Wednesday, 4 April 2012

Reporting or campaigning?

The Western Mail’s repeated return to the subject of free prescriptions is starting to look less like news coverage and more like a campaign to re-introduce charges for medicines.  This week’s story highlighted the high average number of prescriptions per head over a year, claiming that it raised “fresh questions about the flagship policy”.  I’m almost tempted to run a ‘spot the difference’ competition by comparing their story this week to one a few months ago.  The questions are not so much fresh as regurgitated.
There was something of a shortage, once again, of critical analysis of what the figures might be telling us.  The average number of prescriptions per head has also been rising in England, despite the high – and increasing – charges for prescriptions there.  That gives a context in which the increase in Wales is not solely down to the fact that medicines are now free – although you wouldn’t know that from any reading of the Western Mail’s story.
But let us suppose that at least part of the increase is down to the fact that prescriptions are free – is that a good thing or a bad thing?  Again context and analysis are everything – and were completely missing from the paper’s reporting. 
It reminds me of a statement by one of the Welsh police forces a couple of years ago that an increase in the number of cases of domestic violence was a good result not a bad one.  It made me stop and think; but the argument was that a greater willingness to report such crime showed that the force was actually being effective in tackling it, and thus creating a climate where people no longer felt that it wasn’t worth reporting.
In a similar vein, if an increase in numbers of prescriptions is because rich people are no longer paying for over the counter drugs, then it’s easy to see why it might be considered a bad thing.  But if it’s the result of less well-off people seeking treatment and taking medicines when they would previously not have done so because they couldn’t afford the medicines, then it’s a good thing – and a clear sign that the policy is achieving one of its stated aims.
It’s a distinction of which readers would be left completely unaware, however, from a report which provided the usual suspects with an opportunity to trot out their usual lines, led as ever by those persistent opponents of free medicine, the Tories.  Their health spokesperson repeats the customary soundbite about millionaires getting free paracetamol (although he varies it a bit by adding bonjela – ah the sheer inventiveness of the man!).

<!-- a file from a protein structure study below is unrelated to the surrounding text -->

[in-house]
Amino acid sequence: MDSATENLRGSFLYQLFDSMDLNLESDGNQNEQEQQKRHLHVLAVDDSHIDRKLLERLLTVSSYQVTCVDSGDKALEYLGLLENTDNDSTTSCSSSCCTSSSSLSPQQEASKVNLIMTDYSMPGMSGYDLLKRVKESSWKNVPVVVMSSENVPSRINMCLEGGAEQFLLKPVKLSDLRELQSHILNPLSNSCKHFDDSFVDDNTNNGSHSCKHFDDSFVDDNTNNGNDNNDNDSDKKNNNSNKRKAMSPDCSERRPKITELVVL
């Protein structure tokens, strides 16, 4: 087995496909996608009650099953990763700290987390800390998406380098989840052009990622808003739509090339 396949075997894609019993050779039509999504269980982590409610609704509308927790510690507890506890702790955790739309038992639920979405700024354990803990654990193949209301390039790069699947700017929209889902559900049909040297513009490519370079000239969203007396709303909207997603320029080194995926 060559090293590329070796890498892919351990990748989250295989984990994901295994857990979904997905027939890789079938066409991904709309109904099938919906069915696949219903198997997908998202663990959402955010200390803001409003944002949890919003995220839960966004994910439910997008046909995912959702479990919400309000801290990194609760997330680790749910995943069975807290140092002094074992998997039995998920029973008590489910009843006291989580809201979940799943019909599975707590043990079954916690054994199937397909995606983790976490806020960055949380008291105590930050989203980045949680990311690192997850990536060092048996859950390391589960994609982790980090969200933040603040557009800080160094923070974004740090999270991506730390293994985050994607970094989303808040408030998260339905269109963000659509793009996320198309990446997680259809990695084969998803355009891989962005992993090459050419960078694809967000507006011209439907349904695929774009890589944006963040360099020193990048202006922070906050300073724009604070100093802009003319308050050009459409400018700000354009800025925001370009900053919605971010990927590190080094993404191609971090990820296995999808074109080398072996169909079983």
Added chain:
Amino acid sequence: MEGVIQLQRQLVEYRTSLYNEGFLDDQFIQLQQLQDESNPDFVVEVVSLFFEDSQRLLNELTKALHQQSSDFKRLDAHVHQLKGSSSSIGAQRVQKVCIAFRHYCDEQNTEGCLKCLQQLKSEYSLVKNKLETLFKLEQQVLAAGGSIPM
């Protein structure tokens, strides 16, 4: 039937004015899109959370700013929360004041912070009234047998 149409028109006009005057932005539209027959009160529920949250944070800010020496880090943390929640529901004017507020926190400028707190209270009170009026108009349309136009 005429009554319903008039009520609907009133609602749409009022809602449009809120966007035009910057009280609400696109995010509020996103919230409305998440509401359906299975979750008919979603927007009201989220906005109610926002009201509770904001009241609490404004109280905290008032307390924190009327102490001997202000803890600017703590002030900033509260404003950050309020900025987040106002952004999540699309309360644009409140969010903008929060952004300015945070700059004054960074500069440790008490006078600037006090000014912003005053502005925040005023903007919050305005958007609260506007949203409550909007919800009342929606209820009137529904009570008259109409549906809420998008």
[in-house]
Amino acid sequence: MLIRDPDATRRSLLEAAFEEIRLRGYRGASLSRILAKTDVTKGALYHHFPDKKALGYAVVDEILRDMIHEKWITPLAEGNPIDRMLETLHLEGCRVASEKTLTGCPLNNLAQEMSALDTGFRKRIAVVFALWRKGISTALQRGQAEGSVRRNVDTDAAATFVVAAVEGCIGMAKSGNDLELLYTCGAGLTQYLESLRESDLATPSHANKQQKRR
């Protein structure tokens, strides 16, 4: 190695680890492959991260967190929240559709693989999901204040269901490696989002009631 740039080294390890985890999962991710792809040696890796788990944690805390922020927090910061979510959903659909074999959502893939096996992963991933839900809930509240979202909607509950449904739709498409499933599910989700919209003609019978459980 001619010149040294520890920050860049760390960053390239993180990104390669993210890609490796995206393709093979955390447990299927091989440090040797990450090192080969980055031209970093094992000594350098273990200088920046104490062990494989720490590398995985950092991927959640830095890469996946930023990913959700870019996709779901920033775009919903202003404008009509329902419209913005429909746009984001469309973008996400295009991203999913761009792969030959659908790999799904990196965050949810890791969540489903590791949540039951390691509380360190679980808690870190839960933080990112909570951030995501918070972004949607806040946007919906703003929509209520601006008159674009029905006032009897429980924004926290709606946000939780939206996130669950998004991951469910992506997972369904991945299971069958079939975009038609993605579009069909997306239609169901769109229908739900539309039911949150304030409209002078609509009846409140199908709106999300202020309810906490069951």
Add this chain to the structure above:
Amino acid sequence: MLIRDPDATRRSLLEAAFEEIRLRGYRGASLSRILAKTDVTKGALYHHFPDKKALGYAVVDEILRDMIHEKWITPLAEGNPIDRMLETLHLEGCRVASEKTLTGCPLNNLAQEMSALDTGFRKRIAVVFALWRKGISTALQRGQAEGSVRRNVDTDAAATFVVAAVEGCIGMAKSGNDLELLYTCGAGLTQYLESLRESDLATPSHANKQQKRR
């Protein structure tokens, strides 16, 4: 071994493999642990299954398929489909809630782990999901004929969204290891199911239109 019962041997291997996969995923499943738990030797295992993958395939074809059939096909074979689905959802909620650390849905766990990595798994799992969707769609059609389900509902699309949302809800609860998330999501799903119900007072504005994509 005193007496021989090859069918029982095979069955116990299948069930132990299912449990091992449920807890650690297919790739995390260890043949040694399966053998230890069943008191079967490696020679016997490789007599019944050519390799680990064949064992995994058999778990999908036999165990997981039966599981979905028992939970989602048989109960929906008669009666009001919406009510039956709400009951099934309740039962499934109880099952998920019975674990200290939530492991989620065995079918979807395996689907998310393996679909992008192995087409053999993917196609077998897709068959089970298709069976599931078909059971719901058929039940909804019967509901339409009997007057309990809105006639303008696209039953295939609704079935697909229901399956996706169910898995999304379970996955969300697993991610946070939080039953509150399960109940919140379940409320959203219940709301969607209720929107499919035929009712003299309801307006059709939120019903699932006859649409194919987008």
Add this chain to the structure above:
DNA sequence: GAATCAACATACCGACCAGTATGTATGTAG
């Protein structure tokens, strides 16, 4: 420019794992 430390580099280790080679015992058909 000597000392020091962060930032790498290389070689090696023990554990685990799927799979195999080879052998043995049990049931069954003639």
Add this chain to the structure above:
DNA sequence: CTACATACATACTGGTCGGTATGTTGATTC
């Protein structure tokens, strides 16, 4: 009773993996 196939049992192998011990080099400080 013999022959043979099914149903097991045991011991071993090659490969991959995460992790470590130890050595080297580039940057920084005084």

Does anyone know of a single millionaire in Wales who’s ever gone to the trouble of arranging a doctor’s appointment in order to get a prescription for free paracetamol?  I don’t – but then I don’t think I know any millionaires either; they’re not exactly common in Wales in the first place.  It may be a good soundbite, but it’s a deliberately misleading distraction.  They’ll carry on using it though – why wouldn’t they, when they’re being given a free and uncritical platform on which to repeat it?

6 comments:

Glyndo said...

"Does anyone know of a single millionaire in Wales who’s ever gone to the trouble of arranging a doctor’s appointment in order to get a prescription for free paracetamol?"

Surely their time is more valuable than the cost of the medicine? Why would they when they can send the Butler to purchase it and not even notice the cost. You're right, total BS.

Siônnyn said...

It is widely beloved by thosde who oppose free preps that people on benefits do not pay for prescriptions (only in England now, but previously in Wales too) - but, bizarrely, the people most in need of meds, those on long term invalidity benefit, were not eligible for free preps. The number of frivolous prescriptions issued must be a minuscule proportion of the whole, and really not worth getting into a lather about.

You mean there's more??? said...

I am the first to admit to being a bear of little brain.

Doesn't something getting big take up mean that it's popular?

Using the market model, people don't say:

"that pub charges way too much for poor food, lets go there"

They tend to do things they like and approve of.

Taking this a step further, I have never gone into Boots and said:

"I don't need that so I will buy some"

It might be though that people were put off gettting medcines they need because of the cost to them of a prescriptions.

So this is about milionaires having to pay a bit more tax so that those who cannot afford it can have the medcines they NEED.

And your point is Western Mail??

Maybe they should watch "Sicko".

Seeing those people who died because they could not pay for drugs would surely warm their hearts

Diawl said...

What seems to be absent from a debate on this topic is that very few were paying for prescriptions in any case. Anyone under 18, over 65,pregnant, on benefits or in full time education were having free scripts. The real cost five years ago ( from memory) was around £30 million as against a bill to the Welsh NHS of over £600 million, generally people btween 25-65 are healthy!!. This was Rhodri Morgan's best PR coup and the best of luck to him for it. I somteimes depair at the level of political debate in Wales.

Welsh Ramblings said...

Great post John. About time the campaign against free prescriptions was put under some scrutiny.

Cibwr said...

And the Tories have talked about widening the exceptions beyond those existed when we charged and charging a nominal rate or around £2 - £2.50. There is a real danger that it will cost more to administer the collection of charges than it would raise!